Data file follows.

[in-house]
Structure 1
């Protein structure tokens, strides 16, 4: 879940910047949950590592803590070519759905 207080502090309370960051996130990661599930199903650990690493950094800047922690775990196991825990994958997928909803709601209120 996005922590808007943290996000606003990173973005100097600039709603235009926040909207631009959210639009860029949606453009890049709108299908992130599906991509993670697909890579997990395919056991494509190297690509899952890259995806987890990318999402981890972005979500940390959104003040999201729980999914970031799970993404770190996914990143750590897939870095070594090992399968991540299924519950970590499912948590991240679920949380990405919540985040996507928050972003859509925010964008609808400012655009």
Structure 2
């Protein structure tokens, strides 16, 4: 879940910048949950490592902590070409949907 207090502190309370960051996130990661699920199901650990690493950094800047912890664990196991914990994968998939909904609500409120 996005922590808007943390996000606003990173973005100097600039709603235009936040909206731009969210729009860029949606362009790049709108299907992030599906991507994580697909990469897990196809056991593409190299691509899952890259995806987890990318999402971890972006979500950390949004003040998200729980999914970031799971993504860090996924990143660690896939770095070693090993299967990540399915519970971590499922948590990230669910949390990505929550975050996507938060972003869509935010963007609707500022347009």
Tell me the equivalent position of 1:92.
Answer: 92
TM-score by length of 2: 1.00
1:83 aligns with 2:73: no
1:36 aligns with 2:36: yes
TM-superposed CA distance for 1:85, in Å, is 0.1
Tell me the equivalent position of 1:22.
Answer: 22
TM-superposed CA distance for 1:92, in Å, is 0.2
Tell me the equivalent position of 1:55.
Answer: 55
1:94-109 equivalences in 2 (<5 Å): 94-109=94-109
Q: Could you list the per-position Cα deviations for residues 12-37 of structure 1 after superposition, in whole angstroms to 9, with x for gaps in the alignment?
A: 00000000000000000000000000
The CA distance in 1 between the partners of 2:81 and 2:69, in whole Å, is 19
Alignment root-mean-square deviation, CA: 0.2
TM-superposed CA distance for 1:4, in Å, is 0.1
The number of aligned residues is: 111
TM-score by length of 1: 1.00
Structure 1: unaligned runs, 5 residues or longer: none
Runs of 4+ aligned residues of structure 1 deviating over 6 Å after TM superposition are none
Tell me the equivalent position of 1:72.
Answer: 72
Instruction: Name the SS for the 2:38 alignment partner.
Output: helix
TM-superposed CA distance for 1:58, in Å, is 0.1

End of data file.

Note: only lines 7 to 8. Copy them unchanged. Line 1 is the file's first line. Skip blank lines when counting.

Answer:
Answer: 92
TM-score by length of 2: 1.00